To vote in a primary election in Michigan it is necessary for one to declare their party affiliation. However there are people that do not feel they are aligned with either of the two major political parties that hold primaries. These people register to vote but do not declare any party affiliation. They are known as “independents”.
Merriam-Webster defines them as “not bound by or committed to a political party”. This explains why both political parties covet their votes. There are enough independents that, if engaged to a campaign, can swing the elections. Others will shy away from wooing the independents out of fear they will gain their votes while losing their core constituents.
Typically an independent will say they vote for the person. This viewpoint allows them to have any degree of political activity without having to align with a party across all issues. This view allows them to later deny any responsibility when their candidate takes viewpoints different from their own beliefs.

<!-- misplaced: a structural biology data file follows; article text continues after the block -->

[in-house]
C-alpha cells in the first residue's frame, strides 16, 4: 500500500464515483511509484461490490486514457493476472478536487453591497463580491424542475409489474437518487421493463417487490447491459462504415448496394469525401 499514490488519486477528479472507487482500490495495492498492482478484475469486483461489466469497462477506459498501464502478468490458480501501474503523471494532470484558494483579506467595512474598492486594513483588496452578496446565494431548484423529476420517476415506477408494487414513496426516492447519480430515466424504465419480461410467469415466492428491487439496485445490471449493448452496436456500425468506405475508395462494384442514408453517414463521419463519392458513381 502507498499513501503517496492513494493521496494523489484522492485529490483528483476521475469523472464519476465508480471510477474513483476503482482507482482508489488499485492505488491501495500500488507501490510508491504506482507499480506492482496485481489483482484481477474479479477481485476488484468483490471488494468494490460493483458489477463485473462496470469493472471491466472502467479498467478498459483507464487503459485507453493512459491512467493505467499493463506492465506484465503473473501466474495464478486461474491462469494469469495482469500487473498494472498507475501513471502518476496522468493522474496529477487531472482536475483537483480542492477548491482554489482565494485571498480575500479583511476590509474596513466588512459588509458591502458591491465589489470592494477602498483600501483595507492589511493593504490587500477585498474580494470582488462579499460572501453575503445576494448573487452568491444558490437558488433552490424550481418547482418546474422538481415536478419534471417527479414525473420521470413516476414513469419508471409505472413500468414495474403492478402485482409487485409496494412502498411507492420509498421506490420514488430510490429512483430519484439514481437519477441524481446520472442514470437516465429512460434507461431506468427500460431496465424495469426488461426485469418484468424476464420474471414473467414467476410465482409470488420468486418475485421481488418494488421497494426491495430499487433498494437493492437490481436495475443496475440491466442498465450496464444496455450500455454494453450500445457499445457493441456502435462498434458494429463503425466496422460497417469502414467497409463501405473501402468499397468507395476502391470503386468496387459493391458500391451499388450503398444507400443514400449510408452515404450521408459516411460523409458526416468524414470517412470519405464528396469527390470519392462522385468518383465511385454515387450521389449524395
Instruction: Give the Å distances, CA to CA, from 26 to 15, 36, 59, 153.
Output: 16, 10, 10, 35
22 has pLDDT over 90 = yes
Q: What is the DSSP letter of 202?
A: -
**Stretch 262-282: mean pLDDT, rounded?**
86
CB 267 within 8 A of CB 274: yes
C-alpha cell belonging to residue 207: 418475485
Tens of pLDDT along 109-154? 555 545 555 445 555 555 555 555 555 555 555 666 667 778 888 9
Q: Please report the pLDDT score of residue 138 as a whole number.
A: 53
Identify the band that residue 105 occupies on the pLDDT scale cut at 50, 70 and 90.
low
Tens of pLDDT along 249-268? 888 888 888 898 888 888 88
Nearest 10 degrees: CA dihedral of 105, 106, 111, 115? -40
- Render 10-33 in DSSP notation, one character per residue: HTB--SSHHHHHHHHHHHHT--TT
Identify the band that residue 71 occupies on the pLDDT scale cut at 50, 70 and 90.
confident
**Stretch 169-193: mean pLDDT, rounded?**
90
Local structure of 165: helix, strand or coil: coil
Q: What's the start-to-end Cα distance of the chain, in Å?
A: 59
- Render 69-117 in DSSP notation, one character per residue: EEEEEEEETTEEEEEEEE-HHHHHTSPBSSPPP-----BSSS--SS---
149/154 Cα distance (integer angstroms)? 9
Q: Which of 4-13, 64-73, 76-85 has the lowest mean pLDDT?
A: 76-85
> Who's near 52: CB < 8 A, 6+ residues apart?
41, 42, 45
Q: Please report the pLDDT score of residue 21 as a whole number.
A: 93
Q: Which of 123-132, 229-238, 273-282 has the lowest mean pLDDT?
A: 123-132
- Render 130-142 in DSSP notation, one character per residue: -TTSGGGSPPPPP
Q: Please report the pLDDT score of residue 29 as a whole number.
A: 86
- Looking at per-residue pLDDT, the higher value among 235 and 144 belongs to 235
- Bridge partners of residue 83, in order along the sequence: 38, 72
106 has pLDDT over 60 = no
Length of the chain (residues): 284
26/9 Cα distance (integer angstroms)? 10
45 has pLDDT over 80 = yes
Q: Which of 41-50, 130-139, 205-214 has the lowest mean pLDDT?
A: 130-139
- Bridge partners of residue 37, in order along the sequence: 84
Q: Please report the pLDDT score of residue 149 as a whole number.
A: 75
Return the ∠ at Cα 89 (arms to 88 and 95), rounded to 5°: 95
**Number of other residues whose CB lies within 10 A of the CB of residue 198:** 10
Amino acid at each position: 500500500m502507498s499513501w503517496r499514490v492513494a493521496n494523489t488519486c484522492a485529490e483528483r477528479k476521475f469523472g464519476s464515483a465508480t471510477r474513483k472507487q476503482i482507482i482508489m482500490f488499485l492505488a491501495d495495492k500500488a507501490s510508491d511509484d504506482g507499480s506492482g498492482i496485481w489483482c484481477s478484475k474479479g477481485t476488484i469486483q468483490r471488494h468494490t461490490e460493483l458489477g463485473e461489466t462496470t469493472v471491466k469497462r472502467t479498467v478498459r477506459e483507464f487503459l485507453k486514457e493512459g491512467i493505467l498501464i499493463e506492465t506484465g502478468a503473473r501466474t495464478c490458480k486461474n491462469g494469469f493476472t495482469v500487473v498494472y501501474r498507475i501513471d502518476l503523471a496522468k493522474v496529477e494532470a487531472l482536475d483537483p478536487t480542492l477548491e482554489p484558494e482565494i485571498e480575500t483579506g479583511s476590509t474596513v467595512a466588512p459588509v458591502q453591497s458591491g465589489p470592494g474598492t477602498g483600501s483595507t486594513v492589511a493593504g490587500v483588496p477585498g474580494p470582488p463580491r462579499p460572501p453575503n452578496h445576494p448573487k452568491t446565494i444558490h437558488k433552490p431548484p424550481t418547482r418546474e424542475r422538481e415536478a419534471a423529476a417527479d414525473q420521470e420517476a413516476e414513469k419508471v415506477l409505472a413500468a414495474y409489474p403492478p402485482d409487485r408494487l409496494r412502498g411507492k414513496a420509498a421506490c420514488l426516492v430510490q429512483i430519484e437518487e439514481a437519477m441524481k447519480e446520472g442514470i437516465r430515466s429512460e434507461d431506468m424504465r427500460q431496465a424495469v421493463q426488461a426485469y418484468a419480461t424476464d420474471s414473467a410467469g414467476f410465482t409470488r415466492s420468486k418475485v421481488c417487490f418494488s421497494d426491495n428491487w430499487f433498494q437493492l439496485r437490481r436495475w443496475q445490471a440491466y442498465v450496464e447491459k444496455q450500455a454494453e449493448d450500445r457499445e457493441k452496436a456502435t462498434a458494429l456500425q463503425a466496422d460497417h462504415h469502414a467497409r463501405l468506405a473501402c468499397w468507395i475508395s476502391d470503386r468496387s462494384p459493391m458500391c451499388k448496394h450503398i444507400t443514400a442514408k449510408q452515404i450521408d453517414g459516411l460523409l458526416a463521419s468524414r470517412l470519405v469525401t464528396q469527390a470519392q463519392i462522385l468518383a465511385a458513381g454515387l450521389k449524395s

This is part of a series of Detroit’s political views is taken by permission from the “Political Cultures” section of the educational website getmaximpact.com with locally relevant additions by your Detroit political buzz examiner.
© Max Impact, used with permission.
- “Political Cultures” is a website with information about the five main political cultures.
- “Detroit: An American Autopsy” by Pulitzer Prize-winning Fox 2 journalist Charlie LeDuff.
- “Now Is the Time!” Detroit black politics and grassroots activism.
- “Dancing in the Street”: Motown and the cultural politics of Detroit.
- “Reimagining Detroit”: Opportunities for redefining an American city.